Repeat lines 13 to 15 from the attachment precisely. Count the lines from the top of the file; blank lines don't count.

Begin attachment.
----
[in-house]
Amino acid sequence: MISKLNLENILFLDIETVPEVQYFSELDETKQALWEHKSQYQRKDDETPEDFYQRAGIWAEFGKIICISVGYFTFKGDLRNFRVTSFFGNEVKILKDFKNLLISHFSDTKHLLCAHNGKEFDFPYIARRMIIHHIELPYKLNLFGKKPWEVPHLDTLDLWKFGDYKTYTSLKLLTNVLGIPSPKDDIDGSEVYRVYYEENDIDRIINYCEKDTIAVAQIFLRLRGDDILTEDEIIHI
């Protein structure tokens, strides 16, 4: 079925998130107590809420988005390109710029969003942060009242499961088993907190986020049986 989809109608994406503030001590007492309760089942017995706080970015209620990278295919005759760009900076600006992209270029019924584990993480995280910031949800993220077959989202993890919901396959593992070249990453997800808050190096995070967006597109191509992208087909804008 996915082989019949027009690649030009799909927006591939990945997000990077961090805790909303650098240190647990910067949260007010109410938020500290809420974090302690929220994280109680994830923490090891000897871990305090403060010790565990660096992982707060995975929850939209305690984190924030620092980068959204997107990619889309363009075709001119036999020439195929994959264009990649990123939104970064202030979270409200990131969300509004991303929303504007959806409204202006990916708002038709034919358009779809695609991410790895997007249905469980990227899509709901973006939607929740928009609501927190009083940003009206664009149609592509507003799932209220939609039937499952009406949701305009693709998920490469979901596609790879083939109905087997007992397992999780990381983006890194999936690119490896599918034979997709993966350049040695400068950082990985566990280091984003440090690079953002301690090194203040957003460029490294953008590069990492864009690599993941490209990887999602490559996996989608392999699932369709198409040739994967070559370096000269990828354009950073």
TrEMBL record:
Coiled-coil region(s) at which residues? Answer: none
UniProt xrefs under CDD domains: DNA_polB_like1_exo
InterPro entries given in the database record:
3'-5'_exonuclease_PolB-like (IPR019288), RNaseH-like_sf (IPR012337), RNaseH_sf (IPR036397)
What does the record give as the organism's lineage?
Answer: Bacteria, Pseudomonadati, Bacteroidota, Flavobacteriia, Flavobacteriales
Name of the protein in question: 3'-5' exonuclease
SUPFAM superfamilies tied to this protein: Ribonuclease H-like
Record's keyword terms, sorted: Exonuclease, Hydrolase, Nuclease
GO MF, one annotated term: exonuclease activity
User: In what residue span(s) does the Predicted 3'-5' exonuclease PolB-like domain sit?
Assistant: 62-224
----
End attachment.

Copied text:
Record's keyword terms, sorted: Exonuclease, Hydrolase, Nuclease
GO MF, one annotated term: exonuclease activity
User: In what residue span(s) does the Predicted 3'-5' exonuclease PolB-like domain sit?